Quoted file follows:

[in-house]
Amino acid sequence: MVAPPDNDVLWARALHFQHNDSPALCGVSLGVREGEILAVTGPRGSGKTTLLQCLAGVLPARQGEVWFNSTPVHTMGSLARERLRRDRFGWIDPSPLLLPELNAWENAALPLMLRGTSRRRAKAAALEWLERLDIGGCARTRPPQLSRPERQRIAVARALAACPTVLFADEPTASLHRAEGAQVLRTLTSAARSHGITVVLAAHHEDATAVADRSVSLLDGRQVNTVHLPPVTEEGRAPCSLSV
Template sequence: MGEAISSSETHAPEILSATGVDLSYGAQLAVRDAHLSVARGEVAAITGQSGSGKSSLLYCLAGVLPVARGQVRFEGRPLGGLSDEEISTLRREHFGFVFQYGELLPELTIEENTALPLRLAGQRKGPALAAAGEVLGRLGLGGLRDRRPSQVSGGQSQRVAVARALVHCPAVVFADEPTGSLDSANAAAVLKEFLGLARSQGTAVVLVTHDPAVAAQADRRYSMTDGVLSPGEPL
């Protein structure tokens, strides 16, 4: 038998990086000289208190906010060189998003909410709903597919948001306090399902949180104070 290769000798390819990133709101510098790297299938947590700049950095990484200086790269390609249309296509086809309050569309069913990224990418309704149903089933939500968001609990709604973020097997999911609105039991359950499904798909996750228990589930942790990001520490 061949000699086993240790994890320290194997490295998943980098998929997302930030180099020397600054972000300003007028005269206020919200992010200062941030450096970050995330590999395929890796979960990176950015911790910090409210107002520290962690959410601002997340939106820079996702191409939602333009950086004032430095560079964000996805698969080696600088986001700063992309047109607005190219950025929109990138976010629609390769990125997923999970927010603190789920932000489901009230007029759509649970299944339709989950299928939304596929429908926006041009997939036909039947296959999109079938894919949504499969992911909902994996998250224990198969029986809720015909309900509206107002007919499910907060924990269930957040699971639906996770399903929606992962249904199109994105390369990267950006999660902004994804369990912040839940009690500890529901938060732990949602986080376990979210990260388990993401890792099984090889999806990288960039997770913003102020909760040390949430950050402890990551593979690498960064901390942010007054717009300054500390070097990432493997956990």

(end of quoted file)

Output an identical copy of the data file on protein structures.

[in-house]
Amino acid sequence: MVAPPDNDVLWARALHFQHNDSPALCGVSLGVREGEILAVTGPRGSGKTTLLQCLAGVLPARQGEVWFNSTPVHTMGSLARERLRRDRFGWIDPSPLLLPELNAWENAALPLMLRGTSRRRAKAAALEWLERLDIGGCARTRPPQLSRPERQRIAVARALAACPTVLFADEPTASLHRAEGAQVLRTLTSAARSHGITVVLAAHHEDATAVADRSVSLLDGRQVNTVHLPPVTEEGRAPCSLSV
Template sequence: MGEAISSSETHAPEILSATGVDLSYGAQLAVRDAHLSVARGEVAAITGQSGSGKSSLLYCLAGVLPVARGQVRFEGRPLGGLSDEEISTLRREHFGFVFQYGELLPELTIEENTALPLRLAGQRKGPALAAAGEVLGRLGLGGLRDRRPSQVSGGQSQRVAVARALVHCPAVVFADEPTGSLDSANAAAVLKEFLGLARSQGTAVVLVTHDPAVAAQADRRYSMTDGVLSPGEPL
């Protein structure tokens, strides 16, 4: 038998990086000289208190906010060189998003909410709903597919948001306090399902949180104070 290769000798390819990133709101510098790297299938947590700049950095990484200086790269390609249309296509086809309050569309069913990224990418309704149903089933939500968001609990709604973020097997999911609105039991359950499904798909996750228990589930942790990001520490 061949000699086993240790994890320290194997490295998943980098998929997302930030180099020397600054972000300003007028005269206020919200992010200062941030450096970050995330590999395929890796979960990176950015911790910090409210107002520290962690959410601002997340939106820079996702191409939602333009950086004032430095560079964000996805698969080696600088986001700063992309047109607005190219950025929109990138976010629609390769990125997923999970927010603190789920932000489901009230007029759509649970299944339709989950299928939304596929429908926006041009997939036909039947296959999109079938894919949504499969992911909902994996998250224990198969029986809720015909309900509206107002007919499910907060924990269930957040699971639906996770399903929606992962249904199109994105390369990267950006999660902004994804369990912040839940009690500890529901938060732990949602986080376990979210990260388990993401890792099984090889999806990288960039997770913003102020909760040390949430950050402890990551593979690498960064901390942010007054717009300054500390070097990432493997956990």